DAVID GREENE, HOST:
In war, there's that old saying - leave no man behind.
UNIDENTIFIED SOLDIERS: I'll never quit. I'll never leave a fallen comrade.
GREENE: Those are Army recruits reciting the Soldier's Creed. Well, it turns out that people are not the only ones who pick up their fallen comrades. NPR's Nell Greenfieldboyce reports on the battlefield heroics of ants.
NELL GREENFIELDBOYCE, BYLINE: These ants live in Africa and they eat termites. Scouts will go out, find termites then return to muster the troops. Biologist Erik Frank says hundreds of ants march out in formation.
ERIK FRANK: Like three ants next to each other in a 2-meter long column. It's very peculiar and it looks like a long snake walking on the ground.
GREENFIELDBOYCE: The ants reach their target and the fighting is fierce.
FRANK: And after roughly 20 minutes, the battle is over. You have a lot of termites lying dead on the ground. And the ants start collecting the termites to return.
GREENFIELDBOYCE: Frank is a researcher with the University of Wurzburg in Germany who works at a field station in the Ivory Coast. A few years ago, he noticed that some of the ants marching home weren't carrying termites, they were carrying other ants.
FRANK: And I was wondering what exactly was going on there. Why were they carrying some of the ants?
GREENFIELDBOYCE: It turns out, they were bringing back the injured, like ants that had lost a leg or two. By marking these ants with paint, Frank learned that in nearly all cases, the ants made a full recovery after recuperating at home. With some practice, they learned to walk with fewer limbs.
FRANK: We saw them again participating in hunts the next day.
GREENFIELDBOYCE: He and his colleagues did some experiments to see what would happen to wounded ants that weren't carried home. These poor ants marched slowly. They fell behind and frequently got eaten by predators like spiders. All of this is described in the journal "Science Advances." And Frank thinks it's not so far-fetched to compare it to rescue missions performed by human soldiers.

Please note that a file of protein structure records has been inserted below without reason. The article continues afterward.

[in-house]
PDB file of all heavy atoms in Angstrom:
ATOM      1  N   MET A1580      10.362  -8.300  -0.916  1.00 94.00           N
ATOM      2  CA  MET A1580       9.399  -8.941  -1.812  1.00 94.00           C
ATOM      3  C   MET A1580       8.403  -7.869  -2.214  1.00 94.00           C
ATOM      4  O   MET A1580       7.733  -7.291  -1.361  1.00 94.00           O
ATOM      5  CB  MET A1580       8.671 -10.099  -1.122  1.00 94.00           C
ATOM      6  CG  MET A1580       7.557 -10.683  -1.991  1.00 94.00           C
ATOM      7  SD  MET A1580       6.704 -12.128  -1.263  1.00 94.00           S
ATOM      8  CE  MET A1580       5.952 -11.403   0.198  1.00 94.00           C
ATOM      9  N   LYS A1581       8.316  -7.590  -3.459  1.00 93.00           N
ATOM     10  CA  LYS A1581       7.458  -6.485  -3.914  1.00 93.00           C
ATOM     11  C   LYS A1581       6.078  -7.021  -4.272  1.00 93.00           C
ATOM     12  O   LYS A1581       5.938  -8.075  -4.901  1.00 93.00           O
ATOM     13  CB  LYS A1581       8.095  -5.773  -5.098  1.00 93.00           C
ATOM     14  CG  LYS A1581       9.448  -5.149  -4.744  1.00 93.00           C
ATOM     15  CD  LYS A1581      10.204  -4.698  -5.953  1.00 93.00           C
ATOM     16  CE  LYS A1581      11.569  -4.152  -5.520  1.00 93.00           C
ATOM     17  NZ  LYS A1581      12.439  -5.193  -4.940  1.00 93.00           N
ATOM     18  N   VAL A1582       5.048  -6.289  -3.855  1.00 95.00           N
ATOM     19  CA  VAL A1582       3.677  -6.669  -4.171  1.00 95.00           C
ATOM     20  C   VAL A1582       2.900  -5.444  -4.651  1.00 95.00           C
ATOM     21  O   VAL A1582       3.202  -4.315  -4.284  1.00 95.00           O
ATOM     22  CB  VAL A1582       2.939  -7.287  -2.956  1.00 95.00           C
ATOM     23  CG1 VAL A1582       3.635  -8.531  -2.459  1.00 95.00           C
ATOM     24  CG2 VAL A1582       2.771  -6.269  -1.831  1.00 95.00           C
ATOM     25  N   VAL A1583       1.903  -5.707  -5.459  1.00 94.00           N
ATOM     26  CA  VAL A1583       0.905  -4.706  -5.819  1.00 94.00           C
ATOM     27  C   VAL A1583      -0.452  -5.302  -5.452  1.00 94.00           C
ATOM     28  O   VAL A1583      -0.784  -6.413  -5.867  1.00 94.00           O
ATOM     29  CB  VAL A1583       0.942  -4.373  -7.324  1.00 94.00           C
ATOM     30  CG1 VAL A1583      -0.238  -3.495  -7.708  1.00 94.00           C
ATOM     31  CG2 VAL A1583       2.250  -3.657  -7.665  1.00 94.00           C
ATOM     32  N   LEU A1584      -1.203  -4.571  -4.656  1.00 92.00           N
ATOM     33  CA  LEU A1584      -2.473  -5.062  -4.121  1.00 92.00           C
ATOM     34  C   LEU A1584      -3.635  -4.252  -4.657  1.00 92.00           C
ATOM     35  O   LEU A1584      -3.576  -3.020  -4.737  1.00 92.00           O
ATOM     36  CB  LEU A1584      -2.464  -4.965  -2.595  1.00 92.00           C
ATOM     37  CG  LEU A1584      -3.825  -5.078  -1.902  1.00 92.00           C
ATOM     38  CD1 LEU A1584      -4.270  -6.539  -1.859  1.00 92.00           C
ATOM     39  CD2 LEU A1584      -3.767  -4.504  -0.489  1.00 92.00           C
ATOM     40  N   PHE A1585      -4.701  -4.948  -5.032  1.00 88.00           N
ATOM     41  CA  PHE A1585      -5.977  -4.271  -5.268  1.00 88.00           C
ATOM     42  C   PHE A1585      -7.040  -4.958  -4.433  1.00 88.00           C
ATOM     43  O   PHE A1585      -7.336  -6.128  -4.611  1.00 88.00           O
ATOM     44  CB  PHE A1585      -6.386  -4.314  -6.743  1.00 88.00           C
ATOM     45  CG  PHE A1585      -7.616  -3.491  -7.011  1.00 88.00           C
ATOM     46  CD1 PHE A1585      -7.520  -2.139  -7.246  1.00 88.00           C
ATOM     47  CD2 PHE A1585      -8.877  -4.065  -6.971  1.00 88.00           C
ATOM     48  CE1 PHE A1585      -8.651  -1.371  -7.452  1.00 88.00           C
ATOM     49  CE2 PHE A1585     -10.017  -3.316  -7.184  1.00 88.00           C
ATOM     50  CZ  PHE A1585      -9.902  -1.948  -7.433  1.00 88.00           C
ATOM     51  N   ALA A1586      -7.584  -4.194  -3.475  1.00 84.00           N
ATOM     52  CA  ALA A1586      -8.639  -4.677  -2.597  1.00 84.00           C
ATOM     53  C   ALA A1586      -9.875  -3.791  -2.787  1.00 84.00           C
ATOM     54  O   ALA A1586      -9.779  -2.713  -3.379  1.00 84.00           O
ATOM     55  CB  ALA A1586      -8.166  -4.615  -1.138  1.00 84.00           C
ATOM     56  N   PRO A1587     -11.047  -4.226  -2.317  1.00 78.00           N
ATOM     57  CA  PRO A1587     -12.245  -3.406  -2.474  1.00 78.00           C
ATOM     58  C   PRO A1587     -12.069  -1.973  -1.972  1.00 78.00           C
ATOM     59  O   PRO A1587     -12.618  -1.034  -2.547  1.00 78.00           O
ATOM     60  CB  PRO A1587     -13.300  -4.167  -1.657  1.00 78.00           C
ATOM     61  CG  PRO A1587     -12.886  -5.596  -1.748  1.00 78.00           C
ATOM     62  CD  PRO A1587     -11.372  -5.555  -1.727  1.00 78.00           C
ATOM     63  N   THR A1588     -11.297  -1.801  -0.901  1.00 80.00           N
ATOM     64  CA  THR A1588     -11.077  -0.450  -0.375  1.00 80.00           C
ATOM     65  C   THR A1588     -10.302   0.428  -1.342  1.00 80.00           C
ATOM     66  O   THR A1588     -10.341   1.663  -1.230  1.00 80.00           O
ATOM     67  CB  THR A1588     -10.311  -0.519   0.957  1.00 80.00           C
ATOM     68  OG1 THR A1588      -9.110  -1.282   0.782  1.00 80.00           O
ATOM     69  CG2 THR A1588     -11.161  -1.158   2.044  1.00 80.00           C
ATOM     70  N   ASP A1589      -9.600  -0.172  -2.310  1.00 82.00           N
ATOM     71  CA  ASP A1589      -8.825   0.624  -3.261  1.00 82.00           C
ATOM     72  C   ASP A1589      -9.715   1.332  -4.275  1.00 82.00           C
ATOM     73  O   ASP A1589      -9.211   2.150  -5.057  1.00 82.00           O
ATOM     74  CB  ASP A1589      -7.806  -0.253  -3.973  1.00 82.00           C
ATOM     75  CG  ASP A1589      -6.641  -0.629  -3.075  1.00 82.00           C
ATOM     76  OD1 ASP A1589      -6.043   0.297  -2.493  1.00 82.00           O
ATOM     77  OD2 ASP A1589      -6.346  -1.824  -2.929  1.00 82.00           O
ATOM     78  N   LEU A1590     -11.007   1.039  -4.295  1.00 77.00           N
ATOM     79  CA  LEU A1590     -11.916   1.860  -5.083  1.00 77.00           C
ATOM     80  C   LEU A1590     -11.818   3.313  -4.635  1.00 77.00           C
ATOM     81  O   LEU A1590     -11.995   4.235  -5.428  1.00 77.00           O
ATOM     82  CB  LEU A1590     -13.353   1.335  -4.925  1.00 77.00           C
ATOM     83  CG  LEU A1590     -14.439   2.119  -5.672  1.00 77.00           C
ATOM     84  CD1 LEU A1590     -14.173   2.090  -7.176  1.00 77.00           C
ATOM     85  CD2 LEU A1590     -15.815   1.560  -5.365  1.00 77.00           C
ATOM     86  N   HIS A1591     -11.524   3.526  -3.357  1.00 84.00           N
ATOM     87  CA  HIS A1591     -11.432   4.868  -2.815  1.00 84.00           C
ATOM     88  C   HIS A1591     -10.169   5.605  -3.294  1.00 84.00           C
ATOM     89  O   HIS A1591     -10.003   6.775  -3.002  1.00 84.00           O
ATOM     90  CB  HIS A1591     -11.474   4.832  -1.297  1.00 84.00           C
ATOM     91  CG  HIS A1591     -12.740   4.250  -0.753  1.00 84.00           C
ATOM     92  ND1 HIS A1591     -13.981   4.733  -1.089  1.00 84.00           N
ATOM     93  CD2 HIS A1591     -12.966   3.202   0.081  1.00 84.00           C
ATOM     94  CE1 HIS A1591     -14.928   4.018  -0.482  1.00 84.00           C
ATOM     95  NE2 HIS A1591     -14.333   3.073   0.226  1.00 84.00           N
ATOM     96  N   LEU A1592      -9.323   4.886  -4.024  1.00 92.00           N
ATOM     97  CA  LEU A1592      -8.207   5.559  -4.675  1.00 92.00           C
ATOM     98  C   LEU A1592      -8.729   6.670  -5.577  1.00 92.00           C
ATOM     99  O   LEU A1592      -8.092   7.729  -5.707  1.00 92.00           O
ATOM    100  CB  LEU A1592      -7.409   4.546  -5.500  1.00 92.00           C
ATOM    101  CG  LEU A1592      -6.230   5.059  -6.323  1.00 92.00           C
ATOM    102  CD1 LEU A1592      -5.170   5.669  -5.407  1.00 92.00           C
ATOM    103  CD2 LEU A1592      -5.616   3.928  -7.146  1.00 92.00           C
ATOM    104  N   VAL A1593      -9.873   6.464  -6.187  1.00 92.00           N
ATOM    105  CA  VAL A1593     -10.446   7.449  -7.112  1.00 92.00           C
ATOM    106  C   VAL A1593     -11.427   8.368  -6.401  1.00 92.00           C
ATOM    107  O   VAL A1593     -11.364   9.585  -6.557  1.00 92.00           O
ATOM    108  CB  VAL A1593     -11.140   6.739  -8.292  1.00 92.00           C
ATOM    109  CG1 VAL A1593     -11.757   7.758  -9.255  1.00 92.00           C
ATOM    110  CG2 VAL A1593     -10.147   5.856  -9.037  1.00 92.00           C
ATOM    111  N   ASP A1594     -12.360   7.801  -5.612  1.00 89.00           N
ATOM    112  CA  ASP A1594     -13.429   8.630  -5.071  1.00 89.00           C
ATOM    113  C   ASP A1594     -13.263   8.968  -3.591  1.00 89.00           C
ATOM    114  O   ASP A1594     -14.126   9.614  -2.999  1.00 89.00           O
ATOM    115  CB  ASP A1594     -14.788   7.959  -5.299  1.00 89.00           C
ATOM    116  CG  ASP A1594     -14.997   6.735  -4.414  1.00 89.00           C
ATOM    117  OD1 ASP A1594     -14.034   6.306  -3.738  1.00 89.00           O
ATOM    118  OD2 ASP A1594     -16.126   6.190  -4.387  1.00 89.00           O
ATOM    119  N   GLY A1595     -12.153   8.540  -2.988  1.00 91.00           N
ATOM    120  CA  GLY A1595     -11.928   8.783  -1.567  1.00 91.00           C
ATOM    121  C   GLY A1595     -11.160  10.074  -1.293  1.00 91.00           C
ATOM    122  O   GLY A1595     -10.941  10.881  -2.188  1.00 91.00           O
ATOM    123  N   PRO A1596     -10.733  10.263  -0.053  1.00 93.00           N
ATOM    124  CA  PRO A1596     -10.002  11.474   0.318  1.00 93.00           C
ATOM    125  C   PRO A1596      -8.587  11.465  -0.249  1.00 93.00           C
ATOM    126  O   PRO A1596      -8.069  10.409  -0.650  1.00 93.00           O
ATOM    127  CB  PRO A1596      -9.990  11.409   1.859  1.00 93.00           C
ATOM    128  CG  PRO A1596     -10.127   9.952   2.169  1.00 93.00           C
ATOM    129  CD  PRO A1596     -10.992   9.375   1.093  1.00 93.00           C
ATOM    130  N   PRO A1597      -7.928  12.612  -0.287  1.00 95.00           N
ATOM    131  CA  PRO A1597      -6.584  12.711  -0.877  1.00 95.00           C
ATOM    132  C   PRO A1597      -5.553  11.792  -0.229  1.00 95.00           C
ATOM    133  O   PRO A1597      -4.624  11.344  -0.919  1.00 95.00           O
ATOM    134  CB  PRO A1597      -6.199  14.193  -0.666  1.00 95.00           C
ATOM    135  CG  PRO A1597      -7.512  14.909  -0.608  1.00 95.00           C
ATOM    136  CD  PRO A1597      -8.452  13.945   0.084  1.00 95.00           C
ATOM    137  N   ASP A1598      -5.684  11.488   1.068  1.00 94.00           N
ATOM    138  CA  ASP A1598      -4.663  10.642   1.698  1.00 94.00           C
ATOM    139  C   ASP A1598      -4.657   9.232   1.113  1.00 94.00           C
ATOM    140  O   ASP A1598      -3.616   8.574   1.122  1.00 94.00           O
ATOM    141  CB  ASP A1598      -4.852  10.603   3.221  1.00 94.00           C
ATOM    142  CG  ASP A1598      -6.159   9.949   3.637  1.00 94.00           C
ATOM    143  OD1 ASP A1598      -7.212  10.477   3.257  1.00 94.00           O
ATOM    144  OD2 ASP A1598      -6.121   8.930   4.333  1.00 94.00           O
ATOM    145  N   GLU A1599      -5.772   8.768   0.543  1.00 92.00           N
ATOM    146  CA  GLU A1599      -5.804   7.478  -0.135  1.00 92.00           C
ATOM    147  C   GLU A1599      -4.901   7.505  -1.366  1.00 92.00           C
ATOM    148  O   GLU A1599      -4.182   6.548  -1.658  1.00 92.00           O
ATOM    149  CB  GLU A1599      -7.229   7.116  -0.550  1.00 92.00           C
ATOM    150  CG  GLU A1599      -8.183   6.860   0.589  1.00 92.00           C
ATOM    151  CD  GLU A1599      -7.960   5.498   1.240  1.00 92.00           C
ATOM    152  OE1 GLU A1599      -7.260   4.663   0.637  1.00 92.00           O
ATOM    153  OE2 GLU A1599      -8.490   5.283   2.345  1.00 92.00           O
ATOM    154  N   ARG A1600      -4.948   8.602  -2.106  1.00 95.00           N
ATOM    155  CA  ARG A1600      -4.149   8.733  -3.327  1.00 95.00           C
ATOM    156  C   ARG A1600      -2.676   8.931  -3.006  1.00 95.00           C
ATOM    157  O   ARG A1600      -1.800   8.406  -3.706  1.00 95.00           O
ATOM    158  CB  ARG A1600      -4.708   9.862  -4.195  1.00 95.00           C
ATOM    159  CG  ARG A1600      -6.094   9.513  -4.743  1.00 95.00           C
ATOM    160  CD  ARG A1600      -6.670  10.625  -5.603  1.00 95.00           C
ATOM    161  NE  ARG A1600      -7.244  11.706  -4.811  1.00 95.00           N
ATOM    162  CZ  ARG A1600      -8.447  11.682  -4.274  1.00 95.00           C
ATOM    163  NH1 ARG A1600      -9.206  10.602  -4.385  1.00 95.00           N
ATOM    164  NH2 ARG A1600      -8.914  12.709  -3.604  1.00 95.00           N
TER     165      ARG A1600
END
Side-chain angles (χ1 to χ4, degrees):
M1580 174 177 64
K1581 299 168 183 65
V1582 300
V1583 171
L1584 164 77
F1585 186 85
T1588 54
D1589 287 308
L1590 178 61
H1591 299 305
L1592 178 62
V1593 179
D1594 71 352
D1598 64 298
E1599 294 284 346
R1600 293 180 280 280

FRANK: One big difference I would say, though, is that these ants are not doing it out of the goodness of their heart.
GREENFIELDBOYCE: They're just responding to a chemical signal released by the injured. What's more, they'll only respond to this signal after a battle.
PEGGY MASON: If they encounter that same injured ant on the way to the hunt, they ignore it.
GREENFIELDBOYCE: Peggy Mason studies helping behavior in rats at the University of Chicago. She says unlike rats and us, ants don't seem empathetic. Still, they do get a huge payoff from helping the injured fighters.
MASON: The number of ants that are saved by this behavior is about equivalent to the number of ants that are born each day in that colony.
GREENFIELDBOYCE: And more ants means a bigger, more successful army. Nell Greenfieldboyce, NPR News.
(SOUNDBITE OF HIDDEN ORCHESTRA'S "SPOKEN - KRTS REMIX")
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